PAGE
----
- In April 2013, the Government of Ghana and the World Bank launched the third phase of the new Local Government Capacity Support Project (LGCP), building the capacity of the media and civil society groups to monitor government financial management. The four phases of the Project are: strengthening the fiscal framework for decentralization, enhancing decentralized urban service delivery, stimulating demand for accountable governance and service delivery, and institutional and project management support (Ghanian Chronicle, 2013).
Challenges for participatory local democracy
- The Ghana National Decentralization Action Plan of 2010 identified several challenges for the country. Specifically, “[w]hile relevant legislation had been enacted to empower local authorities, the assignment of financial, human and other resources to match the functions had not been achieved. There were accountability issues including that of the chief executive to local communities, the effectiveness of assembly members and adequacy of citizens’ participation in local governance. Some aspects required review including the circumstances of the sub-district structures, modes of selecting chief executives and appointed members, the role of traditional authorities in local governance arrangements and collaboration between assemblies and interest-groups. Fiscal decentralization, integration of district level departments in assemblies, composite budgeting and staff control by local authorities were still incomplete. The local government service envisaged by local government and civil service legislation was not operational” (GoG, 2010).
- A 2010 paper prepared for the World Bank stated a number of challenges for the country, including (Georgetown, 2010):
- “Major challenges in making local government more capable and accountable.” In addition, “For wide-ranging decentralization to improve local government significantly requires the central government to solve difficult challenges surrounding administration and finance at the local level, national unity, and the inclusion of traditional authorities in local government.”
- Each MMDA must produce a district development plan and budget. However, this document is prepared – and approved – by appointees of the central government. “For these reasons, MMDAs have little autonomy even within their areas of jurisdiction.”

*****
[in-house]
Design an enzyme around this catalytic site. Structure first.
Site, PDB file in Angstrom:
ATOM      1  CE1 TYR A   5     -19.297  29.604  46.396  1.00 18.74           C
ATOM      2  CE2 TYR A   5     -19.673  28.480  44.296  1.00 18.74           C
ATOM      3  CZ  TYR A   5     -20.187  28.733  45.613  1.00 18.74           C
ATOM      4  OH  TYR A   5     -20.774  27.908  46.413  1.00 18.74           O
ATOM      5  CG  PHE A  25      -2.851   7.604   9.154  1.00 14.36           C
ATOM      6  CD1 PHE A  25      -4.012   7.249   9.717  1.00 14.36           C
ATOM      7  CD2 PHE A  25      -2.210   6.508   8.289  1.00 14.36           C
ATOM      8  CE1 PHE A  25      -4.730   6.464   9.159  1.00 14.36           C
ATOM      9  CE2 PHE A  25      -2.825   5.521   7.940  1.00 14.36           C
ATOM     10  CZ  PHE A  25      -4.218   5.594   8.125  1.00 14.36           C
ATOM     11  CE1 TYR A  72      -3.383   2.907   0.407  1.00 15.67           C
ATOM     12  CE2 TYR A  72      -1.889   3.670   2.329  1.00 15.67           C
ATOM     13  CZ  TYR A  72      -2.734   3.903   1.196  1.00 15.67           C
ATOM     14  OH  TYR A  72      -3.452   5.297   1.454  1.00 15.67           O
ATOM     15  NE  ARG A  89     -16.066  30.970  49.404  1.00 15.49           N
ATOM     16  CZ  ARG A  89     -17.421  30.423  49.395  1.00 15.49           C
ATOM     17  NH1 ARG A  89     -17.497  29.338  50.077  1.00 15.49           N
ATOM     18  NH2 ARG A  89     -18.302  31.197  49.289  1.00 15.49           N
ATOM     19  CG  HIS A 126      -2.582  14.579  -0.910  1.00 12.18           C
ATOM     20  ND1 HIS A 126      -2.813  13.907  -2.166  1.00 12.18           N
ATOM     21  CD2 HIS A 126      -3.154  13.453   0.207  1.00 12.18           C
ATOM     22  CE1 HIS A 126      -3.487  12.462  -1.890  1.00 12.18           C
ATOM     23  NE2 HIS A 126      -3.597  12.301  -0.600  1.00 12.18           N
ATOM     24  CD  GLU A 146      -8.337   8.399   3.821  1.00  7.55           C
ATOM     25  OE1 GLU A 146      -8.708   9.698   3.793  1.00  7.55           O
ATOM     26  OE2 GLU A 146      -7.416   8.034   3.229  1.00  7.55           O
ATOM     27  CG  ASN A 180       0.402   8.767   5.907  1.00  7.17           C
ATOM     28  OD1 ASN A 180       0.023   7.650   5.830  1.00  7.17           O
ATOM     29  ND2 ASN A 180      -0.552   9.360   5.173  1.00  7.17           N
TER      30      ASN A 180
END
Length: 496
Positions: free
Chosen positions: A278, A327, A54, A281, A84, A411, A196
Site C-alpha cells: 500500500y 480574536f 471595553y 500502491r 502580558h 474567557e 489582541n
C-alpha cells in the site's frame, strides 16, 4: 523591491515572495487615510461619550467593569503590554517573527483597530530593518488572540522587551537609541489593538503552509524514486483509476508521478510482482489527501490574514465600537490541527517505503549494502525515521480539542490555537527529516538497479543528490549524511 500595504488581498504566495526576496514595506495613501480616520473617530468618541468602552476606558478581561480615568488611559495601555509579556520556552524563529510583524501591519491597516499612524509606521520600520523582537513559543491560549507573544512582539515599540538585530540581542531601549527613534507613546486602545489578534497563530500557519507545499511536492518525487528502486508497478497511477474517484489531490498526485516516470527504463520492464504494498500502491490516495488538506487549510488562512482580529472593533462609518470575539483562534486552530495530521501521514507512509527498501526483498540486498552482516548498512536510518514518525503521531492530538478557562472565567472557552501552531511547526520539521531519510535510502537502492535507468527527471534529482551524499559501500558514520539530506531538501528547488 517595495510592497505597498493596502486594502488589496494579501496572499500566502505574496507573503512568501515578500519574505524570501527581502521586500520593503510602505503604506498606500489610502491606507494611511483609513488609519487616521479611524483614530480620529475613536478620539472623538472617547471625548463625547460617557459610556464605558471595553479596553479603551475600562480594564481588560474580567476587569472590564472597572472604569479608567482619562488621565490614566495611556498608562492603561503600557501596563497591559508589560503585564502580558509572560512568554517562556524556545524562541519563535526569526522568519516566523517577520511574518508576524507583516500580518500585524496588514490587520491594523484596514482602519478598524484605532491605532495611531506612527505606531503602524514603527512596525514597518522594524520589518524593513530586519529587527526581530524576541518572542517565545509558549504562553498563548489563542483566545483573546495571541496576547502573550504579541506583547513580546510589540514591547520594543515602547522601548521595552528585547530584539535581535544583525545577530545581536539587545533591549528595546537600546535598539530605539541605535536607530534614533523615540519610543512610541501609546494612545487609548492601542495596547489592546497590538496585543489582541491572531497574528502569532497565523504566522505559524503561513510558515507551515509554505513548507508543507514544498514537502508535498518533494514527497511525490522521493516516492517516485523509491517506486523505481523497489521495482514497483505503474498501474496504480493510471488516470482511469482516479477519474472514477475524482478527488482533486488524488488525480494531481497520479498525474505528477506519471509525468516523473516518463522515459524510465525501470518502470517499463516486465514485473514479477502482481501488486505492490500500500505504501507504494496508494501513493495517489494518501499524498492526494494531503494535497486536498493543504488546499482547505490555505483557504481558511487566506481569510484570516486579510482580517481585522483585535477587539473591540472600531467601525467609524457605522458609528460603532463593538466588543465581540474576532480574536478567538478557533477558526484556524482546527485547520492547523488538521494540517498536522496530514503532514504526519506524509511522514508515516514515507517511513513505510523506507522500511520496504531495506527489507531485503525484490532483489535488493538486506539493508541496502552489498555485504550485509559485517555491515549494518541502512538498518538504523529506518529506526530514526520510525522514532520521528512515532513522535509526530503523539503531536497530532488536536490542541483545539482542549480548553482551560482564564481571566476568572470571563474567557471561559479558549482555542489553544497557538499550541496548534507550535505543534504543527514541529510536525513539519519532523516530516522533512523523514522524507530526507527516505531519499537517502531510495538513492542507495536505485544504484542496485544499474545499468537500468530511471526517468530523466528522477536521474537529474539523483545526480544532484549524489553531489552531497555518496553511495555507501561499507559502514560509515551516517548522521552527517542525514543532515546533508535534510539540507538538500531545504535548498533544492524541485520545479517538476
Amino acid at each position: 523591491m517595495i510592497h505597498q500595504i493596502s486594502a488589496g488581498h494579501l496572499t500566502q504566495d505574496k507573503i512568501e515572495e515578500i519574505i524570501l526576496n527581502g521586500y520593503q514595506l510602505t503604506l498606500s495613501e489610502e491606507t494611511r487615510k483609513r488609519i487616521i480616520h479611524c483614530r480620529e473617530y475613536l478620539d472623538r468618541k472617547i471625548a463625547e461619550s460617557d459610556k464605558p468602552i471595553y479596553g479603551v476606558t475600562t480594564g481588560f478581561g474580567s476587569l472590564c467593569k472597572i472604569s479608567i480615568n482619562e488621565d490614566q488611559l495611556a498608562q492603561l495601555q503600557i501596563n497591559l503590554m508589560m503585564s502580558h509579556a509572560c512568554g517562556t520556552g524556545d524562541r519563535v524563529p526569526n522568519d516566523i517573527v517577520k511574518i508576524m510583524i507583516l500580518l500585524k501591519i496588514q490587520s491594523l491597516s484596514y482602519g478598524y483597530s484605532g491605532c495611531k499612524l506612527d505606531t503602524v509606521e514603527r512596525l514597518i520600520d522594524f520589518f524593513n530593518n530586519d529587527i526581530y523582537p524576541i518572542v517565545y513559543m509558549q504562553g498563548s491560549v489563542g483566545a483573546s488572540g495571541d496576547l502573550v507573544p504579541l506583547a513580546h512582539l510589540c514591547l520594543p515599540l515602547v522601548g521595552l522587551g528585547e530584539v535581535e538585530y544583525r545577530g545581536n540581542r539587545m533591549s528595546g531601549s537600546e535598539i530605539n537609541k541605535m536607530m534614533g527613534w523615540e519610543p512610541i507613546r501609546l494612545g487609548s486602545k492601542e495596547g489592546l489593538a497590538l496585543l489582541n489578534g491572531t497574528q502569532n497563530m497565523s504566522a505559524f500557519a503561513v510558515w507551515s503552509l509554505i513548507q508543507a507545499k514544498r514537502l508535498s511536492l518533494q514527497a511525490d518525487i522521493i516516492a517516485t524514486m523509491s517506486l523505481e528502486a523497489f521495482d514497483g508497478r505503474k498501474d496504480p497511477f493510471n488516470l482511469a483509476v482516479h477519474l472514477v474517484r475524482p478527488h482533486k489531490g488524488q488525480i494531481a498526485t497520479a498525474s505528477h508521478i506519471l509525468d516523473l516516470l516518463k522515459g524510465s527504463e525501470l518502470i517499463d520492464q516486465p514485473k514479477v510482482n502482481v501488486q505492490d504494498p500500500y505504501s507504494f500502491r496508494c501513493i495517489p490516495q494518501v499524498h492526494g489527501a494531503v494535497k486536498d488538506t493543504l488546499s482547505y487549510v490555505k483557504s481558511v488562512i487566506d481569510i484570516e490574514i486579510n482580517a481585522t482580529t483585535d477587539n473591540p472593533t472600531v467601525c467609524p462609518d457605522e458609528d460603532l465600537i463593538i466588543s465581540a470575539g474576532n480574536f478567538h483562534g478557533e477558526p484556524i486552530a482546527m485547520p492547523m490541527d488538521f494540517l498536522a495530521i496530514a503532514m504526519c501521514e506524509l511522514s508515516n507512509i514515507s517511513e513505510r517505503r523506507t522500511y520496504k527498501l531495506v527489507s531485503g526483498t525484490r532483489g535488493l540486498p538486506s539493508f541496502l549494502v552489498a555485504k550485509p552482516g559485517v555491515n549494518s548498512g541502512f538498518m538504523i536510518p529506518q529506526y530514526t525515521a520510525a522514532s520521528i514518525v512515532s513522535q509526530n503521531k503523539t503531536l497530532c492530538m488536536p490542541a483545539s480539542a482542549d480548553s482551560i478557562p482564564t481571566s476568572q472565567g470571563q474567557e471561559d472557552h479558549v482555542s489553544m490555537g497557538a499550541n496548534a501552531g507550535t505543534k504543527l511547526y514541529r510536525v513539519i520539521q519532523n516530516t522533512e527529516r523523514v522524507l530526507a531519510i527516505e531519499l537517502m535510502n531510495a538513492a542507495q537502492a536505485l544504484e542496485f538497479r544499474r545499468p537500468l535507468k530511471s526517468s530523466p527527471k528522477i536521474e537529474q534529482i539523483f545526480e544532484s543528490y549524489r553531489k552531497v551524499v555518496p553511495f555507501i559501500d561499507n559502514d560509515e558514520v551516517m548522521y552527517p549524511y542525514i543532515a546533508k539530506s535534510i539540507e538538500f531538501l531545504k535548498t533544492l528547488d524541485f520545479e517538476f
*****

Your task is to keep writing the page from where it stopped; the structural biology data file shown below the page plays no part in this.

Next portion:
Recent posts on this website about this country:
- Attribution and accountability : voting for roads in Ghana (2013)
- The political economy of decentralization in sub-Saharan Africa : a new implementation model in Burkina Faso, Ghana, Kenya, and Senegal (2013)
- Review of the Commonwealth local government good practice scheme (2012)
- Survey results : advanced seminar – decentralisation and local governance : session 1.2 (2012)
- Climate change as a wicked problem : an evaluation of the institutional context for rural water management in Ghana (2012)
- Development as a collective action problem : addressing the real challenges of African governance : synthesis report (2012)
- Accountability in local government revenue management : who does what? (2012)
- The state of Ghana’s local government system : the case of assembly members (2012)
- Land registration usage theory : a case study in Ghana (2012)
- Sustaining customary land secretariats for improved interactive land governance in Ghana (2012)
List of sources (in order of citation):
UNDP, 2012: “Ghana”
CLGF, 2011: “Ghana”
USAID, 2010: “Comparative desk assessment of decentralization in Africa: Ghana desk study”
Georgetown, 2010: “The Political Economy of Decentralization in Ghana”
UNHCR, 2013: “Constitution of the Republic of Ghana (last amended 1996)”
GoG, 2010: Government of Ghana, “Ghana national decentralization action plan”
Alliance, 2011: “Towards Democratic Ownership in Ghana: Strong Progress in Civil Society Engagement”
Ghanian Chronicle, 2013: “World Bank Sponsored Projects Rolled Out”